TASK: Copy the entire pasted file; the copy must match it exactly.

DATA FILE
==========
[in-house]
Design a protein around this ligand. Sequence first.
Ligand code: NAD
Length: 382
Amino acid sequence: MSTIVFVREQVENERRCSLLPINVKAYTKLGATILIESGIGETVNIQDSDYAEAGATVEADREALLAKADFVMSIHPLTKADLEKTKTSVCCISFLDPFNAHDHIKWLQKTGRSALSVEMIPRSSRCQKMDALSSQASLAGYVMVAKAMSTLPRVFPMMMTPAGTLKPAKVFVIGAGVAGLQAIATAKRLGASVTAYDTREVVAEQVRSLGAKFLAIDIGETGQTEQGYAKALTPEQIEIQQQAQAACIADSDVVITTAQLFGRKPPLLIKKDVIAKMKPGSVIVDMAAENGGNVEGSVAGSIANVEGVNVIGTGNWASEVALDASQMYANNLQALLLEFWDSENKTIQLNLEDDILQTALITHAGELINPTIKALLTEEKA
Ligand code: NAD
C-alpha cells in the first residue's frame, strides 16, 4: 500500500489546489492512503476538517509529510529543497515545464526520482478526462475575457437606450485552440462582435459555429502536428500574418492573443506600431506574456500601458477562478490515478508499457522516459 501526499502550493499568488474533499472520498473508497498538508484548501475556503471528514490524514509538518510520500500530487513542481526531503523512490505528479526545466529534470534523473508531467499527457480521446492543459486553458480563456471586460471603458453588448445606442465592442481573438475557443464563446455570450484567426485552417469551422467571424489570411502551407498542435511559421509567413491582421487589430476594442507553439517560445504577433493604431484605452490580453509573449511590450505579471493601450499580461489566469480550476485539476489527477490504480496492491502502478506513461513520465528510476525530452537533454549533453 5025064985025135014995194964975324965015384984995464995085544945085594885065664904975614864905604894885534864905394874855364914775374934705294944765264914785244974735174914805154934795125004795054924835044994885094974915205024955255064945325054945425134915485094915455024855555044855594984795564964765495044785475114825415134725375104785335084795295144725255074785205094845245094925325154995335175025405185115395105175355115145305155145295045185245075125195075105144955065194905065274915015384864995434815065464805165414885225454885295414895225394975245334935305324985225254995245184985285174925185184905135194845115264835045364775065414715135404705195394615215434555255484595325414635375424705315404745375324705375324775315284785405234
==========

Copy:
[in-house]
Design a protein around this ligand. Sequence first.
Ligand code: NAD
Length: 382
Amino acid sequence: MSTIVFVREQVENERRCSLLPINVKAYTKLGATILIESGIGETVNIQDSDYAEAGATVEADREALLAKADFVMSIHPLTKADLEKTKTSVCCISFLDPFNAHDHIKWLQKTGRSALSVEMIPRSSRCQKMDALSSQASLAGYVMVAKAMSTLPRVFPMMMTPAGTLKPAKVFVIGAGVAGLQAIATAKRLGASVTAYDTREVVAEQVRSLGAKFLAIDIGETGQTEQGYAKALTPEQIEIQQQAQAACIADSDVVITTAQLFGRKPPLLIKKDVIAKMKPGSVIVDMAAENGGNVEGSVAGSIANVEGVNVIGTGNWASEVALDASQMYANNLQALLLEFWDSENKTIQLNLEDDILQTALITHAGELINPTIKALLTEEKA
Ligand code: NAD
C-alpha cells in the first residue's frame, strides 16, 4: 500500500489546489492512503476538517509529510529543497515545464526520482478526462475575457437606450485552440462582435459555429502536428500574418492573443506600431506574456500601458477562478490515478508499457522516459 501526499502550493499568488474533499472520498473508497498538508484548501475556503471528514490524514509538518510520500500530487513542481526531503523512490505528479526545466529534470534523473508531467499527457480521446492543459486553458480563456471586460471603458453588448445606442465592442481573438475557443464563446455570450484567426485552417469551422467571424489570411502551407498542435511559421509567413491582421487589430476594442507553439517560445504577433493604431484605452490580453509573449511590450505579471493601450499580461489566469480550476485539476489527477490504480496492491502502478506513461513520465528510476525530452537533454549533453 5025064985025135014995194964975324965015384984995464995085544945085594885065664904975614864905604894885534864905394874855364914775374934705294944765264914785244974735174914805154934795125004795054924835044994885094974915205024955255064945325054945425134915485094915455024855555044855594984795564964765495044785475114825415134725375104785335084795295144725255074785205094845245094925325154995335175025405185115395105175355115145305155145295045185245075125195075105144955065194905065274915015384864995434815065464805165414885225454885295414895225394975245334935305324985225254995245184985285174925185184905135194845115264835045364775065414715135404705195394615215434555255484595325414635375424705315404745375324705375324775315284785405234